By Christine McMahon, a business strategist and adjunct professor at UWM’s School of Continuing Education. Her focus is to help leaders build strong, adaptive cultures that drive growth and profitable revenue. She can be reached at 414.290.3344 or via email at: firstname.lastname@example.org.
The economic climate today continues to challenge leaders. “The pace of change is accelerating at such a rapid rate, that it’s difficult to cope. What made us successful in the past 5 – 10 years won’t make us successful in the future,” states Rodrigo Jordan, founder of Vertical at Stanford’s Entrepreneurial Conference.
From 2008 through 2009, business leaders were challenged beyond what might be defined as reasonable. Those who understood the severity of that change, adapted by making some heart-wrenching decisions that enabled their businesses to weather the storm and be positioned for growth.
McKinsey Global Institute senior fellow Eric Beinhocker says, “Markets exhibit periods of relative calm and stability, which are interrupted by stormy periods. Such disequilibriums make it difficult . . . to survive for long periods . . . strategies, skills or cultures tend to get finely optimized for stable periods, and then suddenly become obsolete . . ..”
A leader’s ability to adapt their organization in a period of rapid change in an effort to maximize growth and profitability is what I call Leadership Plasticity™.
Plasticity is the ability to adapt or to mold to a new shape without losing innate strength.
Stormy periods require that organizations adjust but not compromise core competencies; to mold to a new shape without losing innate strength.
Rapid change is here to stay. Leaders who embrace plasticity will optimize the collective talent of their team and be poised for growth.
The five essential elements that must align for change to be sustainable include:
A compelling vision inspires and motivates. For an employee it justifies how they invest their time, effort and energy. Employees want to make a meaningful contribution. Vision puts meaning in their work and answers the question “Why am I doing this?”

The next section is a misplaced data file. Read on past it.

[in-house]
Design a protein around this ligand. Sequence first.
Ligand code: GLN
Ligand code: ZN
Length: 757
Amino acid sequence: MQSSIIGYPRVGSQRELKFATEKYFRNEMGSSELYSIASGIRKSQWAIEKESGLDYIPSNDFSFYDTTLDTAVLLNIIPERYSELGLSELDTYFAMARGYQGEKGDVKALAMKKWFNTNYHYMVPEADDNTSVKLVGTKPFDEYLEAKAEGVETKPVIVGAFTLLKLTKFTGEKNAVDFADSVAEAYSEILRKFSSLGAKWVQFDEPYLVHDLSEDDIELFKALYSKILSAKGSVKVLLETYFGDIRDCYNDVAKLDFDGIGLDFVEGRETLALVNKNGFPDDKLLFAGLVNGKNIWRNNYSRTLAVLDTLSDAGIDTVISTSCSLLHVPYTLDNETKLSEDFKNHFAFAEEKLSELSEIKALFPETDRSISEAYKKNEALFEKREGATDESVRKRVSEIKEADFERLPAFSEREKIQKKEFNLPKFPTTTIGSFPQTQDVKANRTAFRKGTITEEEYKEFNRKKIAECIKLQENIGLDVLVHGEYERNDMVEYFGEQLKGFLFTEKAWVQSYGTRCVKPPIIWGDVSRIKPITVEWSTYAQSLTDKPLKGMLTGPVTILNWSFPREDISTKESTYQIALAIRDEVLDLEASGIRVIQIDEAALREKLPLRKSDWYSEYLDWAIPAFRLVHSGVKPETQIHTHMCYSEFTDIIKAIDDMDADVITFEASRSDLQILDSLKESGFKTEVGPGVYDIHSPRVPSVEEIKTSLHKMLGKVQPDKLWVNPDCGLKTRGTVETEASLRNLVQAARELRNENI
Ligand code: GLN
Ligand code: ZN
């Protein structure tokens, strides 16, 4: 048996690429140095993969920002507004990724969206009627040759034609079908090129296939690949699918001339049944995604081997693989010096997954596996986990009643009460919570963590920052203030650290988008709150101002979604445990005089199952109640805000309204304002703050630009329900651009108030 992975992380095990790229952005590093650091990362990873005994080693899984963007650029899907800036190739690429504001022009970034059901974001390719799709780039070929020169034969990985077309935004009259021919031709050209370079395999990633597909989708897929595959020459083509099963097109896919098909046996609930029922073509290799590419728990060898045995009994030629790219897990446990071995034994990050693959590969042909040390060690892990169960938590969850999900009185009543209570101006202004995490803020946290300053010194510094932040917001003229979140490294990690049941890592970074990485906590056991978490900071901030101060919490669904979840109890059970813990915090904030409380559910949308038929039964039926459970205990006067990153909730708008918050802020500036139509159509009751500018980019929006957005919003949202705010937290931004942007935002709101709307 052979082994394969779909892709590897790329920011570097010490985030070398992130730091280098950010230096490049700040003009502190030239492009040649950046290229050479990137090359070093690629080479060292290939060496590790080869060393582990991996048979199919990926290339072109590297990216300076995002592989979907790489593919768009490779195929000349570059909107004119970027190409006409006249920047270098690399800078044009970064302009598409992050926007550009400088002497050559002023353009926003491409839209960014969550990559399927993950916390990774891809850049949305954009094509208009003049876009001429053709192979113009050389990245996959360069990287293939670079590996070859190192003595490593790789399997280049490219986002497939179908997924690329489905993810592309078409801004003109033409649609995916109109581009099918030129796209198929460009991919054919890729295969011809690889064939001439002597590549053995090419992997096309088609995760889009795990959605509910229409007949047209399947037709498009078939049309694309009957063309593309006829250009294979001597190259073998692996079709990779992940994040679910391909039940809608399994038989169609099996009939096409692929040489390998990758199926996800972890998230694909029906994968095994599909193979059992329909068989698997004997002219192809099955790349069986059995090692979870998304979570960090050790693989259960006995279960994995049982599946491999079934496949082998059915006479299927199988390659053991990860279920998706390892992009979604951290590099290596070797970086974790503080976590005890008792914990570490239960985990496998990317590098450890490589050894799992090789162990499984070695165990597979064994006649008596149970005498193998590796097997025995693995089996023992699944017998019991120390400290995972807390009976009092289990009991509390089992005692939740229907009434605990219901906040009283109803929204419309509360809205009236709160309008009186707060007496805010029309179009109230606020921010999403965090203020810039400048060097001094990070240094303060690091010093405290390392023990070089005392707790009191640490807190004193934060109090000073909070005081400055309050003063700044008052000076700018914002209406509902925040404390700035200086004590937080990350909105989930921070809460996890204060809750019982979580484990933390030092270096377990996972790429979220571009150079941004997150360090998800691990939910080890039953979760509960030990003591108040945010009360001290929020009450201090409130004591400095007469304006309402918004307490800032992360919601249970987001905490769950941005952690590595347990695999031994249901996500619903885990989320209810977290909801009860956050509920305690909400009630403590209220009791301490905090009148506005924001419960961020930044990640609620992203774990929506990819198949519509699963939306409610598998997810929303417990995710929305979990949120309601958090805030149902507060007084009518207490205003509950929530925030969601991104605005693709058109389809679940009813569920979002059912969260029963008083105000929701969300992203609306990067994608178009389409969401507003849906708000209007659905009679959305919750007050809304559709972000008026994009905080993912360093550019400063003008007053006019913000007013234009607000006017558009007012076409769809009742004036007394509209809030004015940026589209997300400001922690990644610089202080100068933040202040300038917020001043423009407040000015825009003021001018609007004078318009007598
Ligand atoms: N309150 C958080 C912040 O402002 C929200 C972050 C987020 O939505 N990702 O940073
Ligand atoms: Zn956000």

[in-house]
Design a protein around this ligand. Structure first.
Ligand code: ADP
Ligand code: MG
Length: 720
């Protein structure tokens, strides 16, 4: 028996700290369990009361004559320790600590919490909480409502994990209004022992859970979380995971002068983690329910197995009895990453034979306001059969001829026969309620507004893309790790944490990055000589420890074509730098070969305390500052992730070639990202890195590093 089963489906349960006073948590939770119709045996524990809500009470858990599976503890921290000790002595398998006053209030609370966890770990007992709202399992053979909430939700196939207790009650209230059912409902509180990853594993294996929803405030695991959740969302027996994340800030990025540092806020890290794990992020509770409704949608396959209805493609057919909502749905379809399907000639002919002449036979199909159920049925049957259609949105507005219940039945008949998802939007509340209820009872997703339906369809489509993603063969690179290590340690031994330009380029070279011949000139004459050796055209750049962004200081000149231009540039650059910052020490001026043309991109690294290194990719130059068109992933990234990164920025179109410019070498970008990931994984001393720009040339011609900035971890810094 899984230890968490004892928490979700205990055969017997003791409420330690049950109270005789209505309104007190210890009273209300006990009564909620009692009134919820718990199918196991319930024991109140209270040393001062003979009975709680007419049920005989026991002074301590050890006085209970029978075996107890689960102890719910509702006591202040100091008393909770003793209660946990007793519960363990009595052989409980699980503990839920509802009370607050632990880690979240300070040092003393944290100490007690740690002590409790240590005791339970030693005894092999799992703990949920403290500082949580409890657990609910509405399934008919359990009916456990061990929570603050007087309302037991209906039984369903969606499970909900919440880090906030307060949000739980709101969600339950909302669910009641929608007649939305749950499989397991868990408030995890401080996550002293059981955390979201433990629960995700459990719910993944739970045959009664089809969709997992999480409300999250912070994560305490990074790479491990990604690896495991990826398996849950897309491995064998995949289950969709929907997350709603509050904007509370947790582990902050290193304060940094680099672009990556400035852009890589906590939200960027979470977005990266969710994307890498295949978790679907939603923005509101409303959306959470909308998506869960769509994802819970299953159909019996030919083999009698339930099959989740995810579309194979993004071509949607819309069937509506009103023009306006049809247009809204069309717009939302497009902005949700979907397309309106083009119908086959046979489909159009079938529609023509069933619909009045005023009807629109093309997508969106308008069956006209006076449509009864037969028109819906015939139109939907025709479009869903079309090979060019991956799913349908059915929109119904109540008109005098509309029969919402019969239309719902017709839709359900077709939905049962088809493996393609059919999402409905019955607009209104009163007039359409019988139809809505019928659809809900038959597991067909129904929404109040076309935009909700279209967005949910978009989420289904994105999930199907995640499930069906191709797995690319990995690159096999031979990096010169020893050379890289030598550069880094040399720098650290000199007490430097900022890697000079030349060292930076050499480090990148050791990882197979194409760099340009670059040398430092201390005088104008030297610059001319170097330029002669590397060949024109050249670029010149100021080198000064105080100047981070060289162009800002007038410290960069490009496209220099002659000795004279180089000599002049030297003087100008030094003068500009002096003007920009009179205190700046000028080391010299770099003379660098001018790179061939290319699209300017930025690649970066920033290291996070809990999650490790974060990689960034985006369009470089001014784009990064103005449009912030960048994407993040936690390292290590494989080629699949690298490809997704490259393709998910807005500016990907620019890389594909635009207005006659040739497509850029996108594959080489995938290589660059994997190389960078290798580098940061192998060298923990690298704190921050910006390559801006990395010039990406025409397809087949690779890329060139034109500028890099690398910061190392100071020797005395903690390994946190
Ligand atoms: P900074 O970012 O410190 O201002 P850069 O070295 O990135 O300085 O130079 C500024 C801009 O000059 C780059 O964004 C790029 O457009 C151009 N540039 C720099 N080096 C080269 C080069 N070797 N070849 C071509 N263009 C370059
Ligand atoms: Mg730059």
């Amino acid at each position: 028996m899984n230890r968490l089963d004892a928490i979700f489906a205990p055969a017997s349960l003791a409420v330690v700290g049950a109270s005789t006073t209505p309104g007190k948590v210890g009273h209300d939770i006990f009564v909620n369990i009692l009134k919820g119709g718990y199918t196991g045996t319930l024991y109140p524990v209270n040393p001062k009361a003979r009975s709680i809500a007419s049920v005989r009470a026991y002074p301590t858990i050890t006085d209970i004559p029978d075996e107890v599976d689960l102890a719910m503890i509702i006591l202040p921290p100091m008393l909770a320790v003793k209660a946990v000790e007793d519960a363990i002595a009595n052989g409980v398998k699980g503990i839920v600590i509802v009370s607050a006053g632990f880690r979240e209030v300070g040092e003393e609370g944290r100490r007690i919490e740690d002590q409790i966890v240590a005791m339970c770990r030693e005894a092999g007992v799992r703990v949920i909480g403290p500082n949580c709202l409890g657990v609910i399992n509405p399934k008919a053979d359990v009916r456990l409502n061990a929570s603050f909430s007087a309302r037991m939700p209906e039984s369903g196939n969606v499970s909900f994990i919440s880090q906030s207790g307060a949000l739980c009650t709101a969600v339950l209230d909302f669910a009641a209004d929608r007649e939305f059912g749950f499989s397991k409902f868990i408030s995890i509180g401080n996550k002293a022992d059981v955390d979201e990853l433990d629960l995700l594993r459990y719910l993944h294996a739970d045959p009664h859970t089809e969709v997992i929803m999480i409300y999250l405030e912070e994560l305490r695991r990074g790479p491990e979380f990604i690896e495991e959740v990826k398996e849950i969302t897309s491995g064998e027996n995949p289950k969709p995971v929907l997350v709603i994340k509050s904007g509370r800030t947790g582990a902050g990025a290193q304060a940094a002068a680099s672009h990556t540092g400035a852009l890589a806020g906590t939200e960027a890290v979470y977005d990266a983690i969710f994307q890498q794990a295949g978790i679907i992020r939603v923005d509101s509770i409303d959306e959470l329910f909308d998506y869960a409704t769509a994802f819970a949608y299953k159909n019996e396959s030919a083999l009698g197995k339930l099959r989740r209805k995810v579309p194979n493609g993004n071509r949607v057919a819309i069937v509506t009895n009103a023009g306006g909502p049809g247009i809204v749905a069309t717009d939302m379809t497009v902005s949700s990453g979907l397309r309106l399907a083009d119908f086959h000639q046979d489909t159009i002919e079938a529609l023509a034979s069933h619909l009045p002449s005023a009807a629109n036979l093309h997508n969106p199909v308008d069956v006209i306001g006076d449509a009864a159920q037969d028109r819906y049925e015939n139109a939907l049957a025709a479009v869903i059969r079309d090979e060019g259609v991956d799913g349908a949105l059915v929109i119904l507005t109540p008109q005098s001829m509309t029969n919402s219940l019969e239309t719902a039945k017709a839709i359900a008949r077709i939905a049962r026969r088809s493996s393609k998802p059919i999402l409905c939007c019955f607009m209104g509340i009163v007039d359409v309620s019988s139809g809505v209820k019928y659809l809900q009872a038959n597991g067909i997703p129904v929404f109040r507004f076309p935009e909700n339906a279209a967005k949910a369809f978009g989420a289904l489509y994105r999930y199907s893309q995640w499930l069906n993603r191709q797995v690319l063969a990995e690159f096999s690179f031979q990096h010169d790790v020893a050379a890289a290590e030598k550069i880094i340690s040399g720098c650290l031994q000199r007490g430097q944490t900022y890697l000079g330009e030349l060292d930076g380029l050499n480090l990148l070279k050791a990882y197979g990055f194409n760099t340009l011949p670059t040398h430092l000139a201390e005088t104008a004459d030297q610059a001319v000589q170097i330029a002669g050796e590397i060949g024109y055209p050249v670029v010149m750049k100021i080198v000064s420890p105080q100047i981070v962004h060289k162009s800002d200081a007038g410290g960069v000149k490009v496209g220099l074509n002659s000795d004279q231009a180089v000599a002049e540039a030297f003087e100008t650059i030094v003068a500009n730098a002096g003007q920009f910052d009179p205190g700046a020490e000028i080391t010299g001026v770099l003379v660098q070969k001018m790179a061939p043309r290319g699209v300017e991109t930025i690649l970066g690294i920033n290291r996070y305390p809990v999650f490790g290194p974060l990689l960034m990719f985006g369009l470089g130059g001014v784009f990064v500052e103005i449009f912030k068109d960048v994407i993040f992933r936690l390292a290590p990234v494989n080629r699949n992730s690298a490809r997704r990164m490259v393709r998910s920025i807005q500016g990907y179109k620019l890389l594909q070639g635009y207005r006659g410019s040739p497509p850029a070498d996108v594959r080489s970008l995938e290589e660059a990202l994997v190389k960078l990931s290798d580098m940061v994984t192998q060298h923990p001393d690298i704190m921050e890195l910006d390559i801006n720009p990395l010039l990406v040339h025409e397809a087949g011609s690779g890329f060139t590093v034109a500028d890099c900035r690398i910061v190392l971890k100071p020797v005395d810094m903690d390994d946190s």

2) Values-Driven Culture
Harvard Business School’s Kotter and Keskett found that companies with strong adaptive cultures outperformed companies with rigid or weak cultures. Their study revealed that revenues grew four times faster, the rate of job creation was seven times higher and stock price increased 12 times. This is epitome of plasticity applied to culture.
According to Beinhocker, “Strong cultures are only valuable if they exhibit adaptive and learning qualities. Otherwise, they become a liability during periods of accelerated change.”
Culture is your brand and adaptability is necessary to move beyond survival and embrace ongoing renewal. Values represent the anchor that supports how employees engage with one another, with their customers and how they work.
3) Human Capital
The challenge facing many businesses today is that employees are not fully engaged. Gallup’s Employee Engagement Survey shows that only 29% of employees are fully engaged, 54% are not engaged and 17% are actively disengaged.
Human capital represents a company’s greatest asset and possibly its only competitive advantage. When a company’s values align with those of its employees the result is a measurable increase in productivity and creativity.
Communication links vision, culture and human capital around the strategic objectives. Clearly understood and well-timed communication provides the roadmap that directs employees’ investment of time and energy.
Collaborative, inter-disciplinary communication fosters new pathways to excellence. This framework promotes honest dialogue, idea generation, problem solving, decision-making and flawless implementation.
Resiliency is emotional fortitude, not a genetically fixed trait. It’s the ability to work through the issue and find a viable solution.
Studies by INSEAD Business School, France, shows that a leader’s behaviors and attitude are contagious. How a leader demonstrates resiliency, will serve as the model that employees will follow.
From personal experience, I can attest to the distinctions between how male and female business leaders inherently approach each of these core disciplines. Having been the only female in three male-dominated businesses for over 12 years, the distinctions may be subtle but their impact is significant.
For example, women generally cast a wider net and include more team members into the discussion. I broke “common law” and invited participation from all levels of the organization when developing a vision statement for my sales division – only senior management had been involved prior. The benefit was that the people closest to our major stakeholders – customers and suppliers – offered perspectives that had we overlooked that would have produced a more narrow vision. We were BIG dreamers!
I’ve also perceived that women typically view their team as a collective unit of talent rather than as a hierarchy of authority. Talent not titles matter most.
From personal experience, I know that women also listen differently – we tend to listen for the meaning behind the words because we want to know the motive behind the message (a positive by-product from talking with girlfriends for hours about relationships!). Only with that proper insight can we decide the appropriate response.
Novel and innovative ideas emerge through a diversity of perspectives. What brings ideas to life and sustains them over time is having a compelling vision supported by strong values, effective communication and the right people leveraging their collective talent, who in the face of adversity, grow a steel backbone. That’s the power of leadership plasticity™.